Now, Julio Jones was banged up half of last year, so his stats weren't that good, but he really came on in the second half of the year. I think he's dangerous. You look at a Darvin Adams of Auburn. He's one of the top guys out there. Even Joe Adams on Arkansas - he's a guy that's going to be up there.

I would put [Childs] up there. I wouldn't put him quite on the level of A.J. Green, but if it's A.J. Green and then there's a next level, I would definitely put him in that one.

Expats: Moving on to the quarterback position: After making such a strong first impression last year, how do you think Ryan Mallett is going to do this year?

Steele: I think he's going to do a lot better. The key number that we're going to see improvement in is how he does on the road. Now, last year, it was a tough road schedule. I mean, you're taking on Alabama, one of the toughest defenses; Florida, one of the toughest defenses; LSU; Mississippi. He had a pretty tough road schedule last year, and of course he wasn't the same quarterback on the road that he was at home.

Even though the schedule is still difficult on the road, he's not taking on two of the top five defenses in the country on the road. I think you're going to see his road stats improve to match his outstanding home stats. And you'll see him be one of the top quarterbacks in the country.

Part of the reason is, is the receiving corp he's throwing to. He's got receivers with great speed. He's got an outstanding tight end. He's got running backs that can catch the football. He's got a solid offensive line in front of him that kept getting better as far as the sacks allowed goes. I think Ryan Mallett's got a great supporting cast. He's got a cannon for an arm. He's got the size you want in a QB, and I just think he's going to have a phenomenal year.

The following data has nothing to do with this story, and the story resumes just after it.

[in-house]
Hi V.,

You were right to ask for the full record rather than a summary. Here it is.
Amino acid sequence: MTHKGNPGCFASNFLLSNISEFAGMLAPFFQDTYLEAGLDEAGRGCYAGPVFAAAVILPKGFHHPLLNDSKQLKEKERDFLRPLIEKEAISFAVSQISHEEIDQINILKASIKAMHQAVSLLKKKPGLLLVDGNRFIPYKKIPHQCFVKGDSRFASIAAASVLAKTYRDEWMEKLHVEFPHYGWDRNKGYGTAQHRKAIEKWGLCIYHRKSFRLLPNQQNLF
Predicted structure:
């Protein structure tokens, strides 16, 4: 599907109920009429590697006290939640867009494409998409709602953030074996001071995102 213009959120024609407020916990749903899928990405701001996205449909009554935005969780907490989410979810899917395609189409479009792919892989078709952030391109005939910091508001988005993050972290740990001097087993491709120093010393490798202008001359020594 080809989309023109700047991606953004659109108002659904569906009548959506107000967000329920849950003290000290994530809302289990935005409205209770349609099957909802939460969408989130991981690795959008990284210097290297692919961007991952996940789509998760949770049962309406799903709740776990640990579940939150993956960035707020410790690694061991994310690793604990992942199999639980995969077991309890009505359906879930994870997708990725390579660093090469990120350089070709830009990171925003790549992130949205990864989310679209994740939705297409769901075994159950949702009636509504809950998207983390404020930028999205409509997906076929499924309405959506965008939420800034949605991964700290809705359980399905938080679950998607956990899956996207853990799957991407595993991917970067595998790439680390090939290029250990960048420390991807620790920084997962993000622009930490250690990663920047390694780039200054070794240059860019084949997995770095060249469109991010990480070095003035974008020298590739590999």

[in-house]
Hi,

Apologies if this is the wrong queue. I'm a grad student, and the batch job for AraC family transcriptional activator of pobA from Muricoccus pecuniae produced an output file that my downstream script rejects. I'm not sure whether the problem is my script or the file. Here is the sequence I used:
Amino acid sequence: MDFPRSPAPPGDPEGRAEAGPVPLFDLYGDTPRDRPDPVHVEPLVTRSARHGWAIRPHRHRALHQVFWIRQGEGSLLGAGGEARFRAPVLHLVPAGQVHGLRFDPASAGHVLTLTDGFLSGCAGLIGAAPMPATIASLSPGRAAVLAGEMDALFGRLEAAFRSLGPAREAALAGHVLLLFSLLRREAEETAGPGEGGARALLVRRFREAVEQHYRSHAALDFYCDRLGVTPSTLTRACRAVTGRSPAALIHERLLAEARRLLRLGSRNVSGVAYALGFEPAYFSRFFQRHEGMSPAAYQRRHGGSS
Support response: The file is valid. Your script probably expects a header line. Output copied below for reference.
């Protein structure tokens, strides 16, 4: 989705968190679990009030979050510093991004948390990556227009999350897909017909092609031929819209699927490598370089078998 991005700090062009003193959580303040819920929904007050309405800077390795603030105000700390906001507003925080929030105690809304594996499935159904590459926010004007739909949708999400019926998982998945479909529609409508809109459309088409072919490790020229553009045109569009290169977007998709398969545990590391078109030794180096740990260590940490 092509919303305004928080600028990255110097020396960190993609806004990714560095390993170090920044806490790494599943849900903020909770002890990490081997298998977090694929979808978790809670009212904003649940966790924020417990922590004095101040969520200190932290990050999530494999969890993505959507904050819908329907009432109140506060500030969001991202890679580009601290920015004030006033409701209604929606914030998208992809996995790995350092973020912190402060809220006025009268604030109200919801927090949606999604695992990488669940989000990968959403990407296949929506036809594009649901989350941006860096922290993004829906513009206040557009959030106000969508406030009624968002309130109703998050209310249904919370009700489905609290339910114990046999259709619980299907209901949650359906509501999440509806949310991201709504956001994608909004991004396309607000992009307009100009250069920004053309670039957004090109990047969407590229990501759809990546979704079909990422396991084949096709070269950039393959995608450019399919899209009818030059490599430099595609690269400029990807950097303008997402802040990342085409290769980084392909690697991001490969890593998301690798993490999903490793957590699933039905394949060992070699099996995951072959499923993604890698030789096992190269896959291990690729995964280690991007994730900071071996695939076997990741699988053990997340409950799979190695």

In fact, if the Heisman Trophy winner goes to the quarterback that has the best passing stats this year, then it would have to go to either Ryan Mallett or Case Keenum but that's not necessarily what the Heisman's all about.

Expats: What do you think it would take for him to be considered a serious candidate for the Heisman?

Steele: Well, to win the Heisman Trophy, you have to have that team success. Now third week of the season, if Arkansas comes out and beats Georgia on the road, which is possible - Georgia's got a first-time starting quarterback - and the very next week, they upset Alabama, all of a sudden you're going to see Ryan Mallett right at the top of all the Heisman charts.

If Mallett's the guy that deals Alabama the big loss, and that team is 4-0 coming out of September, it could be a big, big year for Mallett.

Let's look at the Alabama game: Is upsetting Alabama at home a possibility? I look at the fact that last year Alabama had seven of their top eight defensive backs returning. This year, they lose seven of their top eight defensive backs.

You look at Alabama's first three opponents this year: a very weak San Jose State team, a first-time starting quarterback at Penn State and a first-time starting quarterback at Duke. You take on three pass attacks that are still in the young, growing stage and then all of a sudden, you take on basically the best pass offense in the country - that's a big step up on the road.

So that would probably be the key game for me. I am a Heisman voter. I know I'll be watching that game. But probably the key for Mallett's Heisman success will be: can he can be the guy that guides the upset and throws for, let's say, 400 yards while they end Alabama's unbeaten streak?

Expats: Do you have any concerns about his offseason foot surgery?

Steele: Yeah, I do. I would have liked to have seen it be a 100 percent right now. I thought it would be close to a 100 percent right now. I understand it's not, that he's still probably not going be a 100 percent at the start of August. But I think by the time the season rolls around, he should be fine. Right now, it's in the back of mind, going "there's a little bit of a problem here, a little bit of a problem." But it could very well all be cleared by the middle of August. We'll have to see how that goes.

(Be sure to check out Part 2, in which Phil reveals his surprisingly optimistic analysis of the Hogs' defense and Part 3, in which he discusses how the Razorbacks are likely to fare in the SEC West.)